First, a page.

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November 1, 1991

Protecting vibration environments with zoning and land-use ordinances

Historically, the primary purposes of municipal land use zoning ordinances are to protect and promote a desired quality of life and to ensure that incompatible land uses do not occur. Typical environmental quality considerations include water, air, solid waste, and noise. Seldom, if ever, are vibrations considered; when they are, it is often in the form of a vague nuisance ordinance applying only to the effects of vibration on people. A good planning tool is needed for the siting and planning of research and industrial areas containing sensitive high-tech facilities, such as those used in microelectronics manufacturing. These facilities are generally far more sensitive to vibrations than are people. Yet, despite their sensitivity, they are offered no encroachment protection from vibration by zoning ordinances. In most areas, a paper mill might be zoned the same as a wafer fab, yet pose a severe problem for the fab's vibration environment. This paper reviews the vibration issues which should be considered in siting high-technology facilities and proposes some guidelines for ordinances which address these issues.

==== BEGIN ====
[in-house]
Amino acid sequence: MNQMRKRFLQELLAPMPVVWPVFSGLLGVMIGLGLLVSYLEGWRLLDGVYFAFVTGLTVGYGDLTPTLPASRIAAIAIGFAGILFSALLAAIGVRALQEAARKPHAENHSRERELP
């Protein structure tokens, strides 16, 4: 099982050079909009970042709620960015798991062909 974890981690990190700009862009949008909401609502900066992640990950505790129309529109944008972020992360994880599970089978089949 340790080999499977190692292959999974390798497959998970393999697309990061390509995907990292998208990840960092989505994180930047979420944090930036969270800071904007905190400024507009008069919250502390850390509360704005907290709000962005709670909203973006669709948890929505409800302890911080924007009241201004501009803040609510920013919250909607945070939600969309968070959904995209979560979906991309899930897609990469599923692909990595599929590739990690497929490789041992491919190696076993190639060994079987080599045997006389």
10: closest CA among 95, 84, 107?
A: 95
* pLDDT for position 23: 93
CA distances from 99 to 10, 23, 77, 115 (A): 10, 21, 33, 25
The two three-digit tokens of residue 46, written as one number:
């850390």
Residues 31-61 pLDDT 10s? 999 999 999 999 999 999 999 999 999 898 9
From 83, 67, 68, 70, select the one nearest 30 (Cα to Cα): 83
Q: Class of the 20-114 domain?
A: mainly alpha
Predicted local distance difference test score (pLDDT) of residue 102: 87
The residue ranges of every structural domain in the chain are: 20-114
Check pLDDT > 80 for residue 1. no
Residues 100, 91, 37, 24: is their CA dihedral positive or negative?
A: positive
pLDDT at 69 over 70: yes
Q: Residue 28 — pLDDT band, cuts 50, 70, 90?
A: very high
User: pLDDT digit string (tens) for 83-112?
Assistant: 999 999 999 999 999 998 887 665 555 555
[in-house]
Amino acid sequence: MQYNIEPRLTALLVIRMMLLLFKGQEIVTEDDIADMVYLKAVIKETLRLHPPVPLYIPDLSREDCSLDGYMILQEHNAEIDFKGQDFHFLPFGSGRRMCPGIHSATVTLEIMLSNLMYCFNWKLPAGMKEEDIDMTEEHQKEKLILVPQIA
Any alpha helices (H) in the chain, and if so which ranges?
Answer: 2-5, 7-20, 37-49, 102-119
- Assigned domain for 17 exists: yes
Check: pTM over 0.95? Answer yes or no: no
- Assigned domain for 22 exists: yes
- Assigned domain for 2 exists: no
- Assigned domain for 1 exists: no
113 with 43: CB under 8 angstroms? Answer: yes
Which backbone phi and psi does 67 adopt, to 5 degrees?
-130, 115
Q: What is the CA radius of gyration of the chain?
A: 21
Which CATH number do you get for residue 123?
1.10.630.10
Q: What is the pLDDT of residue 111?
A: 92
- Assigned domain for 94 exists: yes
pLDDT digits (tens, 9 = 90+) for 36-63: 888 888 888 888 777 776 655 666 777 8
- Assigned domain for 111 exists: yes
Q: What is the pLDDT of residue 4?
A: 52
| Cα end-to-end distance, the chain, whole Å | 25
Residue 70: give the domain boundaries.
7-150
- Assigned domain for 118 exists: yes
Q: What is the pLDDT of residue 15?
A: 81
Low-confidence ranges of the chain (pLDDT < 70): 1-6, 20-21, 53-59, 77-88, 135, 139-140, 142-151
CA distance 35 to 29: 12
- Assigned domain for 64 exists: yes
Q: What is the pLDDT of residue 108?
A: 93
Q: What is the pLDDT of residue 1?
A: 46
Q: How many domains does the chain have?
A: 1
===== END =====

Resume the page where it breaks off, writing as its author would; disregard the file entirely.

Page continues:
Nugent, R. E., and H. Amick, "Protecting Vibration Environments with Zoning and Land-Use Ordinances," Vibration Control in Microelectronics, Optics and Metrology, SPIE Proceedings Volume 1619, (November, 1991).